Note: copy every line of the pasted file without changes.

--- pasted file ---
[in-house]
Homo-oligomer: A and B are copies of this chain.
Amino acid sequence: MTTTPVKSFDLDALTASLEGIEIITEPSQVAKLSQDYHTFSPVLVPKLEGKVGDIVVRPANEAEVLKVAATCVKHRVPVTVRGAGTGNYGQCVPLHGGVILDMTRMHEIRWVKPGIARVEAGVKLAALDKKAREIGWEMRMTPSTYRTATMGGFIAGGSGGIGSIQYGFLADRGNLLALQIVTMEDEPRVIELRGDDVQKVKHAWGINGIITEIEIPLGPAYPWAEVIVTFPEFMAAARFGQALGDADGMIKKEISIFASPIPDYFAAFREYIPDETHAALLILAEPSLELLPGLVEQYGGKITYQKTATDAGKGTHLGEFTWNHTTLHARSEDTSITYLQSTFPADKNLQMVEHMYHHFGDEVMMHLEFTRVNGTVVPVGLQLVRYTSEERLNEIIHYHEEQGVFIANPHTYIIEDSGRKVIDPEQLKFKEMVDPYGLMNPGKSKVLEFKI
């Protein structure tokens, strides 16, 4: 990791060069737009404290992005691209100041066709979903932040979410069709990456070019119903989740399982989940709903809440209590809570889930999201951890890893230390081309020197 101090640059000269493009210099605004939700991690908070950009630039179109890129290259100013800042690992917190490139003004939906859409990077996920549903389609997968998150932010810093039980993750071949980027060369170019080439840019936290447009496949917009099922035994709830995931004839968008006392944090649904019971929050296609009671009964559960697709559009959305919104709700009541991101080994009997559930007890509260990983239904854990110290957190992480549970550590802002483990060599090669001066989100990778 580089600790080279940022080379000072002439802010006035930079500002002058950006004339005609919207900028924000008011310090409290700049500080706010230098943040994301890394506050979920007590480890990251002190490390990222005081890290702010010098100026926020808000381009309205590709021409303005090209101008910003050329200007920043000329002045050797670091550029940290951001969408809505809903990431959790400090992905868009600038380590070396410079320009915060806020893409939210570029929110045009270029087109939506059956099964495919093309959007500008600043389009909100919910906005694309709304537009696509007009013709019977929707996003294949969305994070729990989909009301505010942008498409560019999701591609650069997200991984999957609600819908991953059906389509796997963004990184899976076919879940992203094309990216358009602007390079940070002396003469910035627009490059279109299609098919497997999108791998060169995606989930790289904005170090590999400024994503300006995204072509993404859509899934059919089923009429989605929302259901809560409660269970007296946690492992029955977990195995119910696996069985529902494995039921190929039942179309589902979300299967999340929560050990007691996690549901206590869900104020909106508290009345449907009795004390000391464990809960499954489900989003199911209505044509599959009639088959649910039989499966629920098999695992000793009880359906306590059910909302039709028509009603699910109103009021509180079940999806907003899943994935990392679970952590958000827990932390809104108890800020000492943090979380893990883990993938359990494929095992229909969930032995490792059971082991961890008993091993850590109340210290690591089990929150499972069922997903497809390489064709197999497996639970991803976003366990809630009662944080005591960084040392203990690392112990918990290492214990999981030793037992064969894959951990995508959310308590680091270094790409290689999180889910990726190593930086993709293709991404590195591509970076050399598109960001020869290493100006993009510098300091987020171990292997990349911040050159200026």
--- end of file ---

[in-house]
Homo-oligomer: A and B are copies of this chain.
Amino acid sequence: MTTTPVKSFDLDALTASLEGIEIITEPSQVAKLSQDYHTFSPVLVPKLEGKVGDIVVRPANEAEVLKVAATCVKHRVPVTVRGAGTGNYGQCVPLHGGVILDMTRMHEIRWVKPGIARVEAGVKLAALDKKAREIGWEMRMTPSTYRTATMGGFIAGGSGGIGSIQYGFLADRGNLLALQIVTMEDEPRVIELRGDDVQKVKHAWGINGIITEIEIPLGPAYPWAEVIVTFPEFMAAARFGQALGDADGMIKKEISIFASPIPDYFAAFREYIPDETHAALLILAEPSLELLPGLVEQYGGKITYQKTATDAGKGTHLGEFTWNHTTLHARSEDTSITYLQSTFPADKNLQMVEHMYHHFGDEVMMHLEFTRVNGTVVPVGLQLVRYTSEERLNEIIHYHEEQGVFIANPHTYIIEDSGRKVIDPEQLKFKEMVDPYGLMNPGKSKVLEFKI
């Protein structure tokens, strides 16, 4: 990791060069737009404290992005691209100041066709979903932040979410069709990456070019119903989740399982989940709903809440209590809570889930999201951890890893230390081309020197 101090640059000269493009210099605004939700991690908070950009630039179109890129290259100013800042690992917190490139003004939906859409990077996920549903389609997968998150932010810093039980993750071949980027060369170019080439840019936290447009496949917009099922035994709830995931004839968008006392944090649904019971929050296609009671009964559960697709559009959305919104709700009541991101080994009997559930007890509260990983239904854990110290957190992480549970550590802002483990060599090669001066989100990778 580089600790080279940022080379000072002439802010006035930079500002002058950006004339005609919207900028924000008011310090409290700049500080706010230098943040994301890394506050979920007590480890990251002190490390990222005081890290702010010098100026926020808000381009309205590709021409303005090209101008910003050329200007920043000329002045050797670091550029940290951001969408809505809903990431959790400090992905868009600038380590070396410079320009915060806020893409939210570029929110045009270029087109939506059956099964495919093309959007500008600043389009909100919910906005694309709304537009696509007009013709019977929707996003294949969305994070729990989909009301505010942008498409560019999701591609650069997200991984999957609600819908991953059906389509796997963004990184899976076919879940992203094309990216358009602007390079940070002396003469910035627009490059279109299609098919497997999108791998060169995606989930790289904005170090590999400024994503300006995204072509993404859509899934059919089923009429989605929302259901809560409660269970007296946690492992029955977990195995119910696996069985529902494995039921190929039942179309589902979300299967999340929560050990007691996690549901206590869900104020909106508290009345449907009795004390000391464990809960499954489900989003199911209505044509599959009639088959649910039989499966629920098999695992000793009880359906306590059910909302039709028509009603699910109103009021509180079940999806907003899943994935990392679970952590958000827990932390809104108890800020000492943090979380893990883990993938359990494929095992229909969930032995490792059971082991961890008993091993850590109340210290690591089990929150499972069922997903497809390489064709197999497996639970991803976003366990809630009662944080005591960084040392203990690392112990918990290492214990999981030793037992064969894959951990995508959310308590680091270094790409290689999180889910990726190593930086993709293709991404590195591509970076050399598109960001020869290493100006993009510098300091987020171990292997990349911040050159200026």